FALMOUTH – The public will have its say on the town’s wind turbines at 6:30 p.m. on Wednesday, Jan. 23 – when the Falmouth Board of Selectmen will solicit public comments before it decides how to proceed with Falmouth’s two turbines, Wind 1 and Wind 2, located at the Falmouth Wastewater Treatment Facility. The meeting will be held at the Selectmen Meeting Room at 59 Town Hall Square, and will be broadcast live on FCTV.
A Jan. 18 joint meeting between the Wind Turbines Options Analysis Process (WTOP) and the Falmouth Board of Selectmen, presented four options to selectmen: Full operation of the turbines, curtail the running hours of the turbines (under one of two curtail options), or remove the turbines and replace them with solar panels. The recommendations stem from the WTOP’s 53-page, detailed report that also describes the WTOP process and how it reached its conclusions.
Kevin Murphy, chairman of the Board of Selectmen, thanked WTOP members for their service to the community at the Jan. 18 meeting. “The time, effort, and civility you’ve displayed was extraordinary, and you should be commended,” he said.
“We are planning [Jan. 23] to have an open meeting with the Board of Selectmen to solicit and take public comments,” he added “We surely would like to hear from each and every one of you, but we may come up with guidelines about the amount of time we will give everybody.”
Murphy said they are not trying to rush the process, but the town must act by Feb. 4 to prepare a warrant article for Falmouth’s spring special town meeting. He said selectmen may use the WTOP’s data to consider other options or combining recommended options. He also suggested compromise from all interested parties is needed. No matter what happens, Murphy said the issue could still end up before voters.
Some Falmouth residents have expressed concerns that the selectmen’s meeting room will be insufficient to hold an expected large crowd of people wishing to speak about the turbines. Despite the concerns, the venue at 59 Town Hall Square is not going to change.
“The reason we chose this venue is because it’s the only venue in the community we are allowed to broadcast live,” Murphy told The Bulletin. “We have no plans of shutting anyone out. If need be, the selectmen will hold another meeting.”
There will be no debate at the Jan. 23 meeting, as selectmen will only listen to the comments and take them under consideration as it plans how to proceed. Selectmen are expected to set some ground rules at the meeting’s start about the length of time people can speak.
“I’m hoping for a robust public comment period. … The board [of selectmen] will vote before we begin on following our speaker policy about how long will we allow each speaker,” Murphy said. He stressed that lengthy presentations already have been made through the WTOP process, and selectmen have this information in the 53-page report.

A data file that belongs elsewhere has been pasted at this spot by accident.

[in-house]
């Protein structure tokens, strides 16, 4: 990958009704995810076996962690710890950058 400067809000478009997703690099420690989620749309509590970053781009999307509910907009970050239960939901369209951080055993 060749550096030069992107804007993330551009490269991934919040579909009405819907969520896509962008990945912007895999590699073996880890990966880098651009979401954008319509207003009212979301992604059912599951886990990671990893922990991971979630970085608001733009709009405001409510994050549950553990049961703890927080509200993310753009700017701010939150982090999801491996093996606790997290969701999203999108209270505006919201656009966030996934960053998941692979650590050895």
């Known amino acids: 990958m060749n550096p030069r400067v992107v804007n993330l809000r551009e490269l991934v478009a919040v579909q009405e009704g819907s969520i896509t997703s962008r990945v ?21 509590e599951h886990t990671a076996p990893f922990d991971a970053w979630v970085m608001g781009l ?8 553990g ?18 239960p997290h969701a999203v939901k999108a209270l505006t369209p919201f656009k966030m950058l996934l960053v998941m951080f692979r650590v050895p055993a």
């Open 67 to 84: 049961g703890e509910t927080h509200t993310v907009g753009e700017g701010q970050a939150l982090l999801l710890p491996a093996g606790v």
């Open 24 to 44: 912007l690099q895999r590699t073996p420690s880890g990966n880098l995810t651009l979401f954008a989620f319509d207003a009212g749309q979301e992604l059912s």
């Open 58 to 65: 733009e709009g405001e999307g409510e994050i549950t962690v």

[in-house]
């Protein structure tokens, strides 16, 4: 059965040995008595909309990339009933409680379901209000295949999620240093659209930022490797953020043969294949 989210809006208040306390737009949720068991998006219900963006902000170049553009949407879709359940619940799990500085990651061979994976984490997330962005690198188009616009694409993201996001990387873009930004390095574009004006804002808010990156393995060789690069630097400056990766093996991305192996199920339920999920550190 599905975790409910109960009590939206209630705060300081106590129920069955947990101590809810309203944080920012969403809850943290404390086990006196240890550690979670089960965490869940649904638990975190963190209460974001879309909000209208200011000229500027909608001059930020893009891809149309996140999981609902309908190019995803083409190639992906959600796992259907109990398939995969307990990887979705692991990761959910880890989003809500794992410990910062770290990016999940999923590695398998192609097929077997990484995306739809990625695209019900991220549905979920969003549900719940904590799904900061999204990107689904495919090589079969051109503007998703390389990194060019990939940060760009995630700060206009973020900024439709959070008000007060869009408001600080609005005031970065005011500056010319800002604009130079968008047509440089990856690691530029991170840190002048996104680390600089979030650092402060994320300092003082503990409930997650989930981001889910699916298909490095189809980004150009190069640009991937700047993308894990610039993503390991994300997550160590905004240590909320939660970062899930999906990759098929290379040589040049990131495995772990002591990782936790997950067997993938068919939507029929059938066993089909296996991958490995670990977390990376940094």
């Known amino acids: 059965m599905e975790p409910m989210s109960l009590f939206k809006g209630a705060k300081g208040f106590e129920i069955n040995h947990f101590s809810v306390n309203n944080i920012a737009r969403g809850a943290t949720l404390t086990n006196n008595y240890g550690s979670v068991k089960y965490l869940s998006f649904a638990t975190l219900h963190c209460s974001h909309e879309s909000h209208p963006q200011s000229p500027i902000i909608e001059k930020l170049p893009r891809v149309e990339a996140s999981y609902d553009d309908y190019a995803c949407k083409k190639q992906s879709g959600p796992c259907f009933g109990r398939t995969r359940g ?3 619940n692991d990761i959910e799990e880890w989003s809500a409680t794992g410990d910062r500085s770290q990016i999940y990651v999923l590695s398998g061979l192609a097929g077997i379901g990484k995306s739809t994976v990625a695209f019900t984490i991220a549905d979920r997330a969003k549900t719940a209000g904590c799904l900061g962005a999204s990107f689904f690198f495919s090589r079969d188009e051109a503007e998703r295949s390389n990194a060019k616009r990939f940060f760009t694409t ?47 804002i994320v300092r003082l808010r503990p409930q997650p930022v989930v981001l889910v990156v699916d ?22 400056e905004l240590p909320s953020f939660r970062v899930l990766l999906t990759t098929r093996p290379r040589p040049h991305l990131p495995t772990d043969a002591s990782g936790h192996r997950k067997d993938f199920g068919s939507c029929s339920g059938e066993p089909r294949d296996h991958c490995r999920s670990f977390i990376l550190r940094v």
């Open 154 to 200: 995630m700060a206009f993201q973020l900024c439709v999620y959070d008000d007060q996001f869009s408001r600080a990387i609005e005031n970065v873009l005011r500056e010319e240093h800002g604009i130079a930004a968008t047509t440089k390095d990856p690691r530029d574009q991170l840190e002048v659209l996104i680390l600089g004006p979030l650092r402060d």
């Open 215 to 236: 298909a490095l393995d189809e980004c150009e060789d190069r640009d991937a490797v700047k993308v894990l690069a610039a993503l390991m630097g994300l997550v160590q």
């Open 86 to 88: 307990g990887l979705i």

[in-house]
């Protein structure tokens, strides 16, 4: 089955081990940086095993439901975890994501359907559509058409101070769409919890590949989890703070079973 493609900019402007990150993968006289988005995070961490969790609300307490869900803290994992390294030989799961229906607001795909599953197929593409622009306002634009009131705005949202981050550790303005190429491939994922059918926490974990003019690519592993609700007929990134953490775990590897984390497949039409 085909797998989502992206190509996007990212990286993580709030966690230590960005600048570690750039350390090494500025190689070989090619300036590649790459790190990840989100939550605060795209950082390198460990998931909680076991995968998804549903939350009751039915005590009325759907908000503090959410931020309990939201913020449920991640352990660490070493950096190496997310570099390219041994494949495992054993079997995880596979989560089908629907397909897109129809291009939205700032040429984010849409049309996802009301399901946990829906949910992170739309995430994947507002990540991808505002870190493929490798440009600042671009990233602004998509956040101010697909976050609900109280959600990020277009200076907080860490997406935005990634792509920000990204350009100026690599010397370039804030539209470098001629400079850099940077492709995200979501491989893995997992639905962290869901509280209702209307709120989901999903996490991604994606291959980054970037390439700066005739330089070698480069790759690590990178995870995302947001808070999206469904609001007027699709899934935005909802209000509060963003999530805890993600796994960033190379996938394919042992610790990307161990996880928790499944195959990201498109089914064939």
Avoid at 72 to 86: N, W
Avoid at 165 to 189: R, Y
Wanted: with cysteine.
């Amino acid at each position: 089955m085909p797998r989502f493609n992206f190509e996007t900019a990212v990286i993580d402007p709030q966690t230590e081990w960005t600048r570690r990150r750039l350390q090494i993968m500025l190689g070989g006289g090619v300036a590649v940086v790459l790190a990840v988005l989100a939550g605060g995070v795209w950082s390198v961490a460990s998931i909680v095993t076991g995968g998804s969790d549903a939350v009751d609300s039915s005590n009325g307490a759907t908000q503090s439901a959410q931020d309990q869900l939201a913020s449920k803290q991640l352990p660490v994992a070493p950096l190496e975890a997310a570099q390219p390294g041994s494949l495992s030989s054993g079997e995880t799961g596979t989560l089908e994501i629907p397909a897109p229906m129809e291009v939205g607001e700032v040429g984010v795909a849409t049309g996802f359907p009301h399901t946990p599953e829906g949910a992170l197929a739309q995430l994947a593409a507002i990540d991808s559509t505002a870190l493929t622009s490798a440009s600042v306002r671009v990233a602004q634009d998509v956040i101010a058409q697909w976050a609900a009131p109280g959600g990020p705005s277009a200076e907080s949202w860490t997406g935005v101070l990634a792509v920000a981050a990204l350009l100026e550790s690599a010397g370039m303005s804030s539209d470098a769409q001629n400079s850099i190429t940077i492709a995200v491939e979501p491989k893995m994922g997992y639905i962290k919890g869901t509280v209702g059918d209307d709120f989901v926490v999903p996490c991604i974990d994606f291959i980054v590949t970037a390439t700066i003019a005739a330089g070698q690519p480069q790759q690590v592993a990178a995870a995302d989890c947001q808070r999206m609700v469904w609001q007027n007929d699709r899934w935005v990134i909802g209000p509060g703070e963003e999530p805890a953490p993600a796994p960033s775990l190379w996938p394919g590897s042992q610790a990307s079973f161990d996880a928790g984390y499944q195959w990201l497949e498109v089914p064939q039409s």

Murphy said there also will be a written commentary period, and selectmen will announce on Jan. 23 when the written commentary period will end. “We’re up against the clock. We have to come up with a warrant article by Feb. 4,” he said.
Once selectmen put together a warrant article, it when will have to be voted on at a town meeting before it could go voters in May’s general town election.
“We [the selectmen] have two weeks to take public comment and deliberate [amongst] ourselves because, like you folks, we have different opinions. … The goal is to have the article we want for Feb. 4,” Murphy said.
In addition to their recommendations, the WTOP explored other options that were not recommended to the selectmen. These included use of sound barriers and berms, moving the turbines, mechanical alterations to reduce noise; and legal action against engineers, contractors, and consultants.
Kathryn Elder, a WTOP stakeholder who helped write its report, spoke with The Bulletin prior to the Jan. 23 meeting. She and her family live within 1,700 feet from Wind 1, and she said it’s had a “profoundly negative” impact on their qualify of life.
“It ranges from annoying to, at times, so disruptive that I leave the property because when it’s windy … it actually makes me and my husband and my family very anxious. It impacts anything from our quality of sleep to our ability to enjoy being outside gardening on our property,” she said.
Elder is the co-author of the report’s statement from those adversely impacted by the turbines. She discussed her recommendation with The Bulletin.
“The turbines should come down, and the town should go forward to develop a renewable energy project that the whole town can be proud of and that doesn’t harm anyone. We’ve given them some very good financial analysis of how that will work,” Elder said.
“Any option going forward will require help in terms of financial assistance from the state,” she added. “Would you rather ask for help to buy houses to remove people, or ask for help to remove the turbines to solve this problem?”
The 53-page report from the Wind Turbines Options Analysis Process (WTOP) is now available online at the Falmouth town website: http://www.falmouthmass.us/energy/wtopreport.pdf.
A review of the WTOP recommendations will be in the Jan. 23 print edition of The Bulletin and through future updates on Wicked Local Falmouth.
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